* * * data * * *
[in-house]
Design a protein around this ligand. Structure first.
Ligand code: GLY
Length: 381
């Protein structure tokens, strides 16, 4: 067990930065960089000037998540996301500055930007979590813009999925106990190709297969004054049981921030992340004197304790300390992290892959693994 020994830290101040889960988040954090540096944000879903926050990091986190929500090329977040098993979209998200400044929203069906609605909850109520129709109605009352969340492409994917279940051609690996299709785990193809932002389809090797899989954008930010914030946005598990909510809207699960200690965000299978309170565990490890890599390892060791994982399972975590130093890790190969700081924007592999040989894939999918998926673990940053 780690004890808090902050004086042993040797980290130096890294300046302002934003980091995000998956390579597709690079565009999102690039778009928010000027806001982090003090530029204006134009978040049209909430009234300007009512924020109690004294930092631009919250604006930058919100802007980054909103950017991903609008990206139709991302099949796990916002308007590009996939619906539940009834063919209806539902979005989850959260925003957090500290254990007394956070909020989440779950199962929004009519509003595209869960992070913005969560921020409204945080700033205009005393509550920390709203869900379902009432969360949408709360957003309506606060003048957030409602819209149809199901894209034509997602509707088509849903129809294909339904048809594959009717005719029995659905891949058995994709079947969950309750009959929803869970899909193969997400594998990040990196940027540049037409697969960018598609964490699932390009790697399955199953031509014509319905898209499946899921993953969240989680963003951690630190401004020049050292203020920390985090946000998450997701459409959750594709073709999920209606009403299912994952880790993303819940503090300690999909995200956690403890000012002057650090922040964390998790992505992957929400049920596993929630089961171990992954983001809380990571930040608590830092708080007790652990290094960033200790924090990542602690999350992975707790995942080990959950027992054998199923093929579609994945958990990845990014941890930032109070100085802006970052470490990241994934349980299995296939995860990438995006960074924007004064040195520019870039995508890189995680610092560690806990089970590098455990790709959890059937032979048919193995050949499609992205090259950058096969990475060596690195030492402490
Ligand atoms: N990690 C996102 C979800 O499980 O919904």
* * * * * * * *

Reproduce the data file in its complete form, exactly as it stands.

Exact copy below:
[in-house]
Design a protein around this ligand. Structure first.
Ligand code: GLY
Length: 381
């Protein structure tokens, strides 16, 4: 067990930065960089000037998540996301500055930007979590813009999925106990190709297969004054049981921030992340004197304790300390992290892959693994 020994830290101040889960988040954090540096944000879903926050990091986190929500090329977040098993979209998200400044929203069906609605909850109520129709109605009352969340492409994917279940051609690996299709785990193809932002389809090797899989954008930010914030946005598990909510809207699960200690965000299978309170565990490890890599390892060791994982399972975590130093890790190969700081924007592999040989894939999918998926673990940053 780690004890808090902050004086042993040797980290130096890294300046302002934003980091995000998956390579597709690079565009999102690039778009928010000027806001982090003090530029204006134009978040049209909430009234300007009512924020109690004294930092631009919250604006930058919100802007980054909103950017991903609008990206139709991302099949796990916002308007590009996939619906539940009834063919209806539902979005989850959260925003957090500290254990007394956070909020989440779950199962929004009519509003595209869960992070913005969560921020409204945080700033205009005393509550920390709203869900379902009432969360949408709360957003309506606060003048957030409602819209149809199901894209034509997602509707088509849903129809294909339904048809594959009717005719029995659905891949058995994709079947969950309750009959929803869970899909193969997400594998990040990196940027540049037409697969960018598609964490699932390009790697399955199953031509014509319905898209499946899921993953969240989680963003951690630190401004020049050292203020920390985090946000998450997701459409959750594709073709999920209606009403299912994952880790993303819940503090300690999909995200956690403890000012002057650090922040964390998790992505992957929400049920596993929630089961171990992954983001809380990571930040608590830092708080007790652990290094960033200790924090990542602690999350992975707790995942080990959950027992054998199923093929579609994945958990990845990014941890930032109070100085802006970052470490990241994934349980299995296939995860990438995006960074924007004064040195520019870039995508890189995680610092560690806990089970590098455990790709959890059937032979048919193995050949499609992205090259950058096969990475060596690195030492402490
Ligand atoms: N990690 C996102 C979800 O499980 O919904």